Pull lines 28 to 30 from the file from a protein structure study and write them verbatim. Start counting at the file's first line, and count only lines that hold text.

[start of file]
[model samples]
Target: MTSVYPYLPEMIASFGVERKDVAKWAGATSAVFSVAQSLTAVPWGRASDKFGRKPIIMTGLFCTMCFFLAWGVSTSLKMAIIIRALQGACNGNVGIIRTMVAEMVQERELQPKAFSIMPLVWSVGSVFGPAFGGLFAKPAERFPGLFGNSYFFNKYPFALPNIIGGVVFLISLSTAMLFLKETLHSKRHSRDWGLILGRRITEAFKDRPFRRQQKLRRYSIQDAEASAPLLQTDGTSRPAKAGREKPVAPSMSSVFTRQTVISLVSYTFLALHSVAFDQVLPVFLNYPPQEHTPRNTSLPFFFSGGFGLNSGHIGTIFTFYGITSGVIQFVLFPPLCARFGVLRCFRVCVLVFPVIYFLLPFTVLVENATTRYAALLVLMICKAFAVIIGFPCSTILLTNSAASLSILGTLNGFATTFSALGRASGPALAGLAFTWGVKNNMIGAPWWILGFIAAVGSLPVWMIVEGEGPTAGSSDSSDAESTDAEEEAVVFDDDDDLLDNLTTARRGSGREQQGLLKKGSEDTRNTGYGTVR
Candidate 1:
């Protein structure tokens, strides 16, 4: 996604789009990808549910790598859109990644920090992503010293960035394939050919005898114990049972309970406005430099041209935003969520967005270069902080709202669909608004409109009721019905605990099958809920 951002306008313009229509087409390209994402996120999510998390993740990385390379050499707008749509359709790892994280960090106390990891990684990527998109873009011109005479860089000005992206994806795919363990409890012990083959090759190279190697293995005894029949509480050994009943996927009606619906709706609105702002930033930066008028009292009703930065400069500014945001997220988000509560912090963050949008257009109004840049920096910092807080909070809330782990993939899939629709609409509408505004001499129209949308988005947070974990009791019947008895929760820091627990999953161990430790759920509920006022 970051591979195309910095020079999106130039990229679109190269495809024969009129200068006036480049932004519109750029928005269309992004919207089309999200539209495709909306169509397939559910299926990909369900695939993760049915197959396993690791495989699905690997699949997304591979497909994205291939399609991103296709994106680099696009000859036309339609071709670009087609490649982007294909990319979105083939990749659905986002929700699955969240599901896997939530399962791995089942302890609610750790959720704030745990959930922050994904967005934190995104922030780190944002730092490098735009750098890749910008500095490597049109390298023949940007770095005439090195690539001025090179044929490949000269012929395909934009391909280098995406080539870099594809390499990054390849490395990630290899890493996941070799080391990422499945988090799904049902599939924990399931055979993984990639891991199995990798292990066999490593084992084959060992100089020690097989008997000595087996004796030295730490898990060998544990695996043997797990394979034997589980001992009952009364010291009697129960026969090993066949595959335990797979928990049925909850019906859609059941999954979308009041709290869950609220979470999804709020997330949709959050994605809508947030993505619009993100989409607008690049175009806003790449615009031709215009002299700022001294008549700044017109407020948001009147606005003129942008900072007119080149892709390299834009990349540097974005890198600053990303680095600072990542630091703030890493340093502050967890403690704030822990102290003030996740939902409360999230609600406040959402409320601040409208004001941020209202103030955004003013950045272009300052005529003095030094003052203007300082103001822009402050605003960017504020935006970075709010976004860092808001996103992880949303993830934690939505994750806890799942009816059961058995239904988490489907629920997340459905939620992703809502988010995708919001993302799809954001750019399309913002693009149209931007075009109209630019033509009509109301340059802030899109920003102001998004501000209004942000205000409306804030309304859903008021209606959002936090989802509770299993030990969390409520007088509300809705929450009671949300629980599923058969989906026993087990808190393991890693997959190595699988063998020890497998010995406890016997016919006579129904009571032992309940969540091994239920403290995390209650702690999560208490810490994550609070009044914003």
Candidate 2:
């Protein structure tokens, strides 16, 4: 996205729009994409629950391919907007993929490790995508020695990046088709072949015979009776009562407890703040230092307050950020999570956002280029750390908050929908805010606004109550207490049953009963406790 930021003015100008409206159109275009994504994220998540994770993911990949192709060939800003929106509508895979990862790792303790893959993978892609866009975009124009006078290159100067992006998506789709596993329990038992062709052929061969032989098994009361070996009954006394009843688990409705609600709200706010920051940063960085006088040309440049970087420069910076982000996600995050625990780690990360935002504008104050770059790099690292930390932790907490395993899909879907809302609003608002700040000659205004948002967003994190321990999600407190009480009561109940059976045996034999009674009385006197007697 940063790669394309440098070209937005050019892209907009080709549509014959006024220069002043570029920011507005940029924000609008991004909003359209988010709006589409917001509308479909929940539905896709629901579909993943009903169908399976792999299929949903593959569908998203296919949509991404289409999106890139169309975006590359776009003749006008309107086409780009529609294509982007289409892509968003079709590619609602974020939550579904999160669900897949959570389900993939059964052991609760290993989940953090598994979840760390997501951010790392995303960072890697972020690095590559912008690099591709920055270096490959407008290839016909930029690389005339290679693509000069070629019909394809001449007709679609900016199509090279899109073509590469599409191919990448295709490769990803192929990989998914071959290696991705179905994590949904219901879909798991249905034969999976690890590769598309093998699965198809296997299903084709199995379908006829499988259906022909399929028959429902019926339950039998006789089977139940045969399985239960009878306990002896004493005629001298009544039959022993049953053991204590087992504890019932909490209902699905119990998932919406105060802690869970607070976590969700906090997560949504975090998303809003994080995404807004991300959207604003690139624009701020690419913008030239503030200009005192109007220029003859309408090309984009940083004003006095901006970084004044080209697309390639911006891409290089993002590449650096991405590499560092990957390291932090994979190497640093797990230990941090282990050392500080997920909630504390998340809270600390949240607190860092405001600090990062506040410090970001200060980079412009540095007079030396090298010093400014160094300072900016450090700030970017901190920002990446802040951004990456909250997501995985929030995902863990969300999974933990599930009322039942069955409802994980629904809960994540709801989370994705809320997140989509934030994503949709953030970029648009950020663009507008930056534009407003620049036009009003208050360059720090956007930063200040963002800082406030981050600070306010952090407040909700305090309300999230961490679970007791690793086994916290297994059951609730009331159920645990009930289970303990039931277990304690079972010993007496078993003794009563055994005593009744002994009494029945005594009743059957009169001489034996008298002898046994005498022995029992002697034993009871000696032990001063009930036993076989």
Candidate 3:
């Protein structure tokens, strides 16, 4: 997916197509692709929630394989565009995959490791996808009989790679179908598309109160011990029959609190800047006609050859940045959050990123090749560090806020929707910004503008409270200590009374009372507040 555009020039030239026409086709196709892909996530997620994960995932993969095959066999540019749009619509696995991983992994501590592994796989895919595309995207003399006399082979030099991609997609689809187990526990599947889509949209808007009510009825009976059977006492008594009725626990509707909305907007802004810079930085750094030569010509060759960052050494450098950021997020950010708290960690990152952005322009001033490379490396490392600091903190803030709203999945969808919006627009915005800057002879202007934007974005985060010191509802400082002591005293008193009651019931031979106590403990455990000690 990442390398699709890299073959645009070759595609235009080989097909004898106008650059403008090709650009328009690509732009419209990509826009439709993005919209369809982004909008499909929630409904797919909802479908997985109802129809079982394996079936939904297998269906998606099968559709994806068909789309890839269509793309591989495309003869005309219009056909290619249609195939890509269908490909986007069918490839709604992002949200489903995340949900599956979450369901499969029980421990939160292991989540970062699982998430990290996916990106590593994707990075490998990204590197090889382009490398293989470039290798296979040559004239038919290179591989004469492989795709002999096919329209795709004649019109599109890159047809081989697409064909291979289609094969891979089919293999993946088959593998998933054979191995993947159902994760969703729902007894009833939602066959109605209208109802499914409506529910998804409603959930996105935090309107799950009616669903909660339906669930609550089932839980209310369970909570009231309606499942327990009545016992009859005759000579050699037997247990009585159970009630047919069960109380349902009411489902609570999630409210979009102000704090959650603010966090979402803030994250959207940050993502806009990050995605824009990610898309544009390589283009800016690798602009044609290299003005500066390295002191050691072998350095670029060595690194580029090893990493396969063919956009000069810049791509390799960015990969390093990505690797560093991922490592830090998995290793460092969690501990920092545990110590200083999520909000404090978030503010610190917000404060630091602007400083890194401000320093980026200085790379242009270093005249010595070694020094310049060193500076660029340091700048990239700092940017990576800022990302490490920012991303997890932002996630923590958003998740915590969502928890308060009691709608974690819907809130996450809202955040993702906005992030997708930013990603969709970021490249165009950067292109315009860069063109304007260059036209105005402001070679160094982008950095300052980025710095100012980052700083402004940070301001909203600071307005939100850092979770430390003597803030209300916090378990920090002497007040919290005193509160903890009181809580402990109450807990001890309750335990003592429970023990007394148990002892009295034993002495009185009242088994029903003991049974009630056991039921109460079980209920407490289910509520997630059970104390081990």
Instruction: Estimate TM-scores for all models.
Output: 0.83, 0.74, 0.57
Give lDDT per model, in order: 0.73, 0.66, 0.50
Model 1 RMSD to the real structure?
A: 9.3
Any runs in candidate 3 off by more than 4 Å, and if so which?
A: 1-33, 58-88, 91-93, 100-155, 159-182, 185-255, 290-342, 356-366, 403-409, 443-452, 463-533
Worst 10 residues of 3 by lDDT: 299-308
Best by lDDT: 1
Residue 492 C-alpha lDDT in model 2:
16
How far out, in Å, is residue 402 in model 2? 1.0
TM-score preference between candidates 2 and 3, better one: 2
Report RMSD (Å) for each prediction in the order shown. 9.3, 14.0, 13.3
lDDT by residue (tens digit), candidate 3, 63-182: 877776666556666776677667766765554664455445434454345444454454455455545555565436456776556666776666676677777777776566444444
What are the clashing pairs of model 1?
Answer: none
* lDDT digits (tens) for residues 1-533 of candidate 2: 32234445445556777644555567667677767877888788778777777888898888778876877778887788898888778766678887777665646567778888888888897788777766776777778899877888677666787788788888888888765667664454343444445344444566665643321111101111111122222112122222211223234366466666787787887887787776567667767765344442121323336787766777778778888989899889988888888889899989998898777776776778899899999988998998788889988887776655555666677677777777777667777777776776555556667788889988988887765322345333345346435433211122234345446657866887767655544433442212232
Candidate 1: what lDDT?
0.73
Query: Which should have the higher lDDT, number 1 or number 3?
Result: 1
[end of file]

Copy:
0.73
Query: Which should have the higher lDDT, number 1 or number 3?
Result: 1